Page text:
Crazy Wisdom: The Life & Times of Chogyam Trungpa Rinpoche
Movie Review by Ron Wilkinson, Monsters and Critics, Nov 28, 2011
Los Angeles, CA (USA) -- Whether the viewer adheres to, or even grasps, Eastern religion, or not, this look inside the guru entertains.
Chogyam Trungpa (1939-1987) was the culmination of Buddhist lineage going back nearly to the beginning of Buddhism, several hundred years before the birth of Christ. He was Buddhist royalty. What made him famous was his embracing of Western civilization and his work is translating Buddhist doctrine into practical guidance for Western audiences.
He founded both Vajradhatu and Naropa Universities to explore and develop the Shambhala Training method, a secular approach to meditation. Shambhala teaches that a peaceful, meditative approach to self-awareness is a way towards an enlightened society.
It teaches that enlightenment is not something solely for the Gods or a chosen few. Rather, that it is possible for any person to achieve it through respectful discipline and self-examination.
He was also known as the "Bad Boy of Buddhism" for his denunciation of those who denounce what is supposed to be denounced by most modern religions. He smoked cigarettes, drank to extremes, was considered by many to be vigorously non-recovering alcoholic, and had open sexual relations with many women.
Very young women. He had thousands, if not millions of dedicated followers, lived a simple lifestyle, but had everything he wanted.
Nice work if you can get it, and you can get it if you try. At least according to Trungpa.
He was in the right place at the right time in the Western world. The 1960?s through 1980?s saw a period of deep introspection amongst a vast number of middle class and white-collar persons, especially the young. From the Beatles to the Beach Boys, everybody had a guru.
Trungpa was able to approach a society that was rapidly losing its moral guideposts as science slashed away at the traditional foundations/superstitions of Christianity. He translated many Tibetan texts into English and gained a better understanding of Western theological terminology and practice, than did other Buddhist luminaries.
He used this knowledge, coupled with an insatiable love of Western political and spiritual freedom, to couple with Americans and provide an alternative, workable solution to the determination of the pathway to, well, salvation.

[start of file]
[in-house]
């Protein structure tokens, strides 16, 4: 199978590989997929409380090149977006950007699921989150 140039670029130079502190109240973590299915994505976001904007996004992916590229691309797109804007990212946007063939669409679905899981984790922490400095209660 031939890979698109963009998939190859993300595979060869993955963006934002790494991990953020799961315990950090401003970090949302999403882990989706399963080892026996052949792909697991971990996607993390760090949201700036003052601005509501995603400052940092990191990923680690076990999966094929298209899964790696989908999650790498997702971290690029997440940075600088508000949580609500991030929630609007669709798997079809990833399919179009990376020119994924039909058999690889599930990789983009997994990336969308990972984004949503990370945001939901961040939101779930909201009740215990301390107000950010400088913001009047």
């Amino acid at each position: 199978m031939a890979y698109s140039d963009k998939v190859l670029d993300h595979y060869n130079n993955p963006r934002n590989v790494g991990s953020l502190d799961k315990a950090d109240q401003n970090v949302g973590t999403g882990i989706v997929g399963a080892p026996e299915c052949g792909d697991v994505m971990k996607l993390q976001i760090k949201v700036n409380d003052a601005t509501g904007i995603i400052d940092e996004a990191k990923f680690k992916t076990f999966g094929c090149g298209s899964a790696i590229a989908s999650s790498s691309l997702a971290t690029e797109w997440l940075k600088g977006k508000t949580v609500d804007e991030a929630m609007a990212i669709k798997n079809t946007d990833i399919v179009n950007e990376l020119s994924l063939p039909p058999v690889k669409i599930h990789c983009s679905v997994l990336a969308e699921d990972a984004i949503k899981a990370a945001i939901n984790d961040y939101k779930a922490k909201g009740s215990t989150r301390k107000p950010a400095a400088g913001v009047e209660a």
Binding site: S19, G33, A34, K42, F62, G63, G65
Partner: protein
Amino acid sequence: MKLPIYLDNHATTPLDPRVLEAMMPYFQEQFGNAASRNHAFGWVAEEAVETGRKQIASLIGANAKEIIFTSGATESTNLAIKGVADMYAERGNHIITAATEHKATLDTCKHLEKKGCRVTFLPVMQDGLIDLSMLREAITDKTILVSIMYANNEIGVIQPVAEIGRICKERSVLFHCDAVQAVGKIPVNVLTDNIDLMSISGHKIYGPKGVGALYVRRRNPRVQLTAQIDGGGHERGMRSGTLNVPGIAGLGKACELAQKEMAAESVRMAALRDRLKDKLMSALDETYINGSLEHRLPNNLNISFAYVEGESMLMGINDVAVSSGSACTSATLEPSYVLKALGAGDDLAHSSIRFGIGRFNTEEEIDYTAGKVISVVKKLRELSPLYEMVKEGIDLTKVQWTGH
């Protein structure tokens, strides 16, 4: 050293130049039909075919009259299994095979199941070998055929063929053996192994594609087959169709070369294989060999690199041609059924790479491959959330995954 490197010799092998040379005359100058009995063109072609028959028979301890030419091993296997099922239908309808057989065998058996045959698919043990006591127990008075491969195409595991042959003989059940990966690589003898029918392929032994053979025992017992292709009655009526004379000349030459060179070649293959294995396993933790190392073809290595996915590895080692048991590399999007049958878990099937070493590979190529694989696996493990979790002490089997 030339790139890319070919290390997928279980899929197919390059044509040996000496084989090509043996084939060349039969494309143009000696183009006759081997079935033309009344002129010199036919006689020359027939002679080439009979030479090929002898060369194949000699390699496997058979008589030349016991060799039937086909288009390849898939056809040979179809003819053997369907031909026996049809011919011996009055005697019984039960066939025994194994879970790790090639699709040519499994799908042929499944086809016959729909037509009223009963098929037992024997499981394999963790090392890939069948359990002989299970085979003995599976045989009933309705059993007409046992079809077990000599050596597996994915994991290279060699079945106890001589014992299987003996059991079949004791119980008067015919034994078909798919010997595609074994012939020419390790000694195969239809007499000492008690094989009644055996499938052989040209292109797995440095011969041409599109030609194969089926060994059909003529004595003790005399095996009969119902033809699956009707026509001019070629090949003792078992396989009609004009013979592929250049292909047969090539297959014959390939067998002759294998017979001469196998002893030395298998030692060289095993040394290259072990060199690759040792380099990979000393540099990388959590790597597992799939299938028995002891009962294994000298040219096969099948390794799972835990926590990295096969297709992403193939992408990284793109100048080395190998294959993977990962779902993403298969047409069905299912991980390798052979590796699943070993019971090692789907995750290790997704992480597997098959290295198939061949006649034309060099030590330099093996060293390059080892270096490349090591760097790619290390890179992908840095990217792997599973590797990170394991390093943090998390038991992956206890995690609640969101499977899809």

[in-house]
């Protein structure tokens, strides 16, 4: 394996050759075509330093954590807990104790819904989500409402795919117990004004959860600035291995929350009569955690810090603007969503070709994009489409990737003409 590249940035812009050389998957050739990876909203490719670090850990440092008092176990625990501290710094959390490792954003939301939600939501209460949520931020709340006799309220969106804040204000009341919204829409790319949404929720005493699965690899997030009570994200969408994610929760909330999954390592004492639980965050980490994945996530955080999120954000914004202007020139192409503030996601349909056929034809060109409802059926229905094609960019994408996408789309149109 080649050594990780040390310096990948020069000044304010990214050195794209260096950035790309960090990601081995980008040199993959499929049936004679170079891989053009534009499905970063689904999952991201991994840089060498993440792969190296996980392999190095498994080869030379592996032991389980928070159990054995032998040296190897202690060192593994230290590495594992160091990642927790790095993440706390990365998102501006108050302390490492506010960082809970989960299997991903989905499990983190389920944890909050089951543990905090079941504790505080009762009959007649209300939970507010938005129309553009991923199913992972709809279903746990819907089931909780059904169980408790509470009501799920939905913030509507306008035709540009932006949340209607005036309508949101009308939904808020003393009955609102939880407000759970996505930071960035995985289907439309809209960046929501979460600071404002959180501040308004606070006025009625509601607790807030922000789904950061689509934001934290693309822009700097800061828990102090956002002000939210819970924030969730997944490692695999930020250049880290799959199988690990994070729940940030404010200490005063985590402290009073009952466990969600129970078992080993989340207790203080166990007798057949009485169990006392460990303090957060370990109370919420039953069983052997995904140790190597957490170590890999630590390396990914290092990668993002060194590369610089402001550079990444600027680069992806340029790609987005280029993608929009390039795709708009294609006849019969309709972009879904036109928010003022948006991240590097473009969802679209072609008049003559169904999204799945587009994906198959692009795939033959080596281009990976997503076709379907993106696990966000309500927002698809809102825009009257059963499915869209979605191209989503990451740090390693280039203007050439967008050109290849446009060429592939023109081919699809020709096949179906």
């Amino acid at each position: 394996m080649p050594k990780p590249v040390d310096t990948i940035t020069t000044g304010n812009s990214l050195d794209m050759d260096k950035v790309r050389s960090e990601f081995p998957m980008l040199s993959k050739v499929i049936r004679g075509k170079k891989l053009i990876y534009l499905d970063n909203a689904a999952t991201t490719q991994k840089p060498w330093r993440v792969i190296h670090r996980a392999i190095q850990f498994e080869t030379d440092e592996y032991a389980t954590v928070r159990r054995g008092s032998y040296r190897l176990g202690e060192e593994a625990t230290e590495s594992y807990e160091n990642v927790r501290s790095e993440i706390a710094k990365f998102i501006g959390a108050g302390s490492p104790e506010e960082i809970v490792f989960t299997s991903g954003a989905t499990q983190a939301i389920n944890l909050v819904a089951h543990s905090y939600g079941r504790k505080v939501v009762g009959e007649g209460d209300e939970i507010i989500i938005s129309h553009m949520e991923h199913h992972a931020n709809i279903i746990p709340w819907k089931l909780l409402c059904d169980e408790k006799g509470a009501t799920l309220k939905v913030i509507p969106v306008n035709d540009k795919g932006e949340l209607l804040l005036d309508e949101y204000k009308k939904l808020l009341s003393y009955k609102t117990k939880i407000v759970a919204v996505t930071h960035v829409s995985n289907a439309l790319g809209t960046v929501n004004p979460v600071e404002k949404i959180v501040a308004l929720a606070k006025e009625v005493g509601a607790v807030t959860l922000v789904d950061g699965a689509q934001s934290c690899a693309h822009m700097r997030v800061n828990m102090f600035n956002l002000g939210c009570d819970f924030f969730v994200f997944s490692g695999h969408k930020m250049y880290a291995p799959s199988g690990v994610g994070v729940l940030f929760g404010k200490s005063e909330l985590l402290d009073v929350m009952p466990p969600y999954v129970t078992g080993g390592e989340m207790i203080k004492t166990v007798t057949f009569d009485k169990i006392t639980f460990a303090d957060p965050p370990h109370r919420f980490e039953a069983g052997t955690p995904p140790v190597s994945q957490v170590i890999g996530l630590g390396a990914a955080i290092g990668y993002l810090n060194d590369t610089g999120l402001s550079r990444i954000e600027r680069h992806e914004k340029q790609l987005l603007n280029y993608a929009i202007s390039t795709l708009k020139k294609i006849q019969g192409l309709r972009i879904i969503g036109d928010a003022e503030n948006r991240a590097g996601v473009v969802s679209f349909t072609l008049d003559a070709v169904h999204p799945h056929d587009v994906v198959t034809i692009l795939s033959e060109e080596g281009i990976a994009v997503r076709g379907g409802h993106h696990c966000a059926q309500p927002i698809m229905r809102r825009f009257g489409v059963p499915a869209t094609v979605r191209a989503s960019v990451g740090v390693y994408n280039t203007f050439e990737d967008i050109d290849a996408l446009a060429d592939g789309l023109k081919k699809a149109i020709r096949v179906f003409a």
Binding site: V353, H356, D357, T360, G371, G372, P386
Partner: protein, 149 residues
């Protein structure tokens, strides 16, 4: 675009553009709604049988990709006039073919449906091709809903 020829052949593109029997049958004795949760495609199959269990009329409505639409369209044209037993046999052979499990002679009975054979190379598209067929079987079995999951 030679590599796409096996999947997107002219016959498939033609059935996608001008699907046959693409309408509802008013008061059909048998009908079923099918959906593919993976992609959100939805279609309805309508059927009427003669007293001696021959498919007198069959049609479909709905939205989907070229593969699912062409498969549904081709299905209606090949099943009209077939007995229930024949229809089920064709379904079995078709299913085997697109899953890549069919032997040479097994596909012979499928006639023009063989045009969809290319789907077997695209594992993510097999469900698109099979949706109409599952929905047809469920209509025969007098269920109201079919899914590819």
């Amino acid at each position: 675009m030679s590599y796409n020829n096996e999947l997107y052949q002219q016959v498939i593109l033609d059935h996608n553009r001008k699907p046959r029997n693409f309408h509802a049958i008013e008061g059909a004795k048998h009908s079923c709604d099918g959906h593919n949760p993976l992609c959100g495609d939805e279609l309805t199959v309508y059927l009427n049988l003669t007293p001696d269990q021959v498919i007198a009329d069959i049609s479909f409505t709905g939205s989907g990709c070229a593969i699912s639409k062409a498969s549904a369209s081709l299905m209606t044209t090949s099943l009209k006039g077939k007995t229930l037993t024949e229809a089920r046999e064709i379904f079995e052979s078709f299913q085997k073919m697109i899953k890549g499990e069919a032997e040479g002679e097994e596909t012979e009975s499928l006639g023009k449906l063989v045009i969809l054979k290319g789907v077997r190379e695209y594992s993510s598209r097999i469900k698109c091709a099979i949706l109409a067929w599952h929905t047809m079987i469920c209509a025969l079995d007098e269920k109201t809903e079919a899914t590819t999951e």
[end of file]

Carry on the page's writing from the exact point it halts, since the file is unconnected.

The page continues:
This film is about all of that. Nothing more and nothing less.
The outstanding part of the film is the depiction of the fight that Trungpa waged with himself in the West. The first rule of science is that the scientific investigator never experiments on himself. Trungpa seemed to feel that exposing himself to all of the delusions, greed and egomania of the West was his best tool for giving himself to his followers.
The film shows the master with all of his warts and blemishes as it shows him wowing audiences around the world. He is caught up in superficial egotistical show business religion, breaks free, and then is drawn into a morass of xenophobic reactions from which only a magician could escape.
Throughout it all he keeps practicing what he termed ?crazy wisdom,? an anchoring to deep-seated convictions obtained through self-knowledge, and, most importantly, an unconditional love of the crazy world around him.
His followers saw the denunciations flow from his back as he radiated the knowledge that what others saw in him was really just a reflection of themselves.
A commendable collection of archival footage and present day interviews with the leaders of American alternative religious movements. This is a fun film even for those who will understand next to nothing about what the man has to say.
It is an easygoing look at a way of life that offers solutions to many of today?s emotional battles that are usually fought with drugs, prescription and non-prescription, conspicuous consumption and lawsuits. There might be a better way.
Directed by: Johanna Demetrakas
Featuring: Pema Chodron, Ram Dass and Allen Ginsberg
Release Date: November 25, 2011
MPAA: Not Rated
Running Time: 86 Minutes
Language: Tibetan / English